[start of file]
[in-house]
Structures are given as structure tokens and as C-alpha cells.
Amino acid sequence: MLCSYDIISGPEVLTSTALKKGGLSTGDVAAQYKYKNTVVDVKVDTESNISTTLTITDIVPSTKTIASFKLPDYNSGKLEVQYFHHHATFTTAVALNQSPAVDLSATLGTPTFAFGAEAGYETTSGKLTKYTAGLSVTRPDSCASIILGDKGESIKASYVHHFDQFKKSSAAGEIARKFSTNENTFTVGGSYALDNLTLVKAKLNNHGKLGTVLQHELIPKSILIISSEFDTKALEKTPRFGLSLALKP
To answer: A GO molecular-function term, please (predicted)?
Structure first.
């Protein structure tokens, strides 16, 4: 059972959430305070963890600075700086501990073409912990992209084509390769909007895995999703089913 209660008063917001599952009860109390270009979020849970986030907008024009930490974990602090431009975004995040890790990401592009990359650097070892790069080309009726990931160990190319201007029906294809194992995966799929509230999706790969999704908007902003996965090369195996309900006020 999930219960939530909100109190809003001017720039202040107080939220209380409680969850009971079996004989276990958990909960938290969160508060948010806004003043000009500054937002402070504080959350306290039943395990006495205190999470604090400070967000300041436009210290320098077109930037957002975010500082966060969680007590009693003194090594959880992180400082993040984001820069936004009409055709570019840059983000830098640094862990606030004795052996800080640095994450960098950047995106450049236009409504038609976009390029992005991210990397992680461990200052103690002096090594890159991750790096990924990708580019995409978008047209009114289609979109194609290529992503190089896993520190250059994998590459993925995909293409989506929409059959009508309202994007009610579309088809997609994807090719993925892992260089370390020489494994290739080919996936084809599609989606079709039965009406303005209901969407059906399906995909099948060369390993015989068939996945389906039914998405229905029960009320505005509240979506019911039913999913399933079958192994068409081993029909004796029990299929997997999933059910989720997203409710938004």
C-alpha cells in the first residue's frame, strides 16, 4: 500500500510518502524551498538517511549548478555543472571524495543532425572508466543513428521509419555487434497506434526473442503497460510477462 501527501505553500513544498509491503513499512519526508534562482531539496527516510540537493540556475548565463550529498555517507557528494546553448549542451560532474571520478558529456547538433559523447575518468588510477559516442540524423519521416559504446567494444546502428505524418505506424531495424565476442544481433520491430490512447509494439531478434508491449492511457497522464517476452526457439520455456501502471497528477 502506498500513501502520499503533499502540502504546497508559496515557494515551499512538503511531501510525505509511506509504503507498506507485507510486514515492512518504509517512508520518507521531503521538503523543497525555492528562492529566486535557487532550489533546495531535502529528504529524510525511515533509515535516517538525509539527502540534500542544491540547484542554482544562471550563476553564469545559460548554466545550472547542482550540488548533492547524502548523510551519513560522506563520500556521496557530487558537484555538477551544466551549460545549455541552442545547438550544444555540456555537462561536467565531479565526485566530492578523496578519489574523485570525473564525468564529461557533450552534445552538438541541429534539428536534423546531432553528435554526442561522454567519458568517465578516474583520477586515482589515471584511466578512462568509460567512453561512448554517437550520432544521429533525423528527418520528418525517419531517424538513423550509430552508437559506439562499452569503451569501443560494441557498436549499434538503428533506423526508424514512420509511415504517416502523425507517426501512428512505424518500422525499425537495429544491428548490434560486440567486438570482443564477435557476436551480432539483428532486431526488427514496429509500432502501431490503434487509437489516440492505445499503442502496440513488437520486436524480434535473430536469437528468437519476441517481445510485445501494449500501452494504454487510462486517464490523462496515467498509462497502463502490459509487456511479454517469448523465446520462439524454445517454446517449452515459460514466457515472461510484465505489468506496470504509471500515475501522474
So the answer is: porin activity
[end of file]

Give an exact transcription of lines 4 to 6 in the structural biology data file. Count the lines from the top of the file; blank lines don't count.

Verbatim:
To answer: A GO molecular-function term, please (predicted)?
Structure first.
């Protein structure tokens, strides 16, 4: 059972959430305070963890600075700086501990073409912990992209084509390769909007895995999703089913 209660008063917001599952009860109390270009979020849970986030907008024009930490974990602090431009975004995040890790990401592009990359650097070892790069080309009726990931160990190319201007029906294809194992995966799929509230999706790969999704908007902003996965090369195996309900006020 999930219960939530909100109190809003001017720039202040107080939220209380409680969850009971079996004989276990958990909960938290969160508060948010806004003043000009500054937002402070504080959350306290039943395990006495205190999470604090400070967000300041436009210290320098077109930037957002975010500082966060969680007590009693003194090594959880992180400082993040984001820069936004009409055709570019840059983000830098640094862990606030004795052996800080640095994450960098950047995106450049236009409504038609976009390029992005991210990397992680461990200052103690002096090594890159991750790096990924990708580019995409978008047209009114289609979109194609290529992503190089896993520190250059994998590459993925995909293409989506929409059959009508309202994007009610579309088809997609994807090719993925892992260089370390020489494994290739080919996936084809599609989606079709039965009406303005209901969407059906399906995909099948060369390993015989068939996945389906039914998405229905029960009320505005509240979506019911039913999913399933079958192994068409081993029909004796029990299929997997999933059910989720997203409710938004």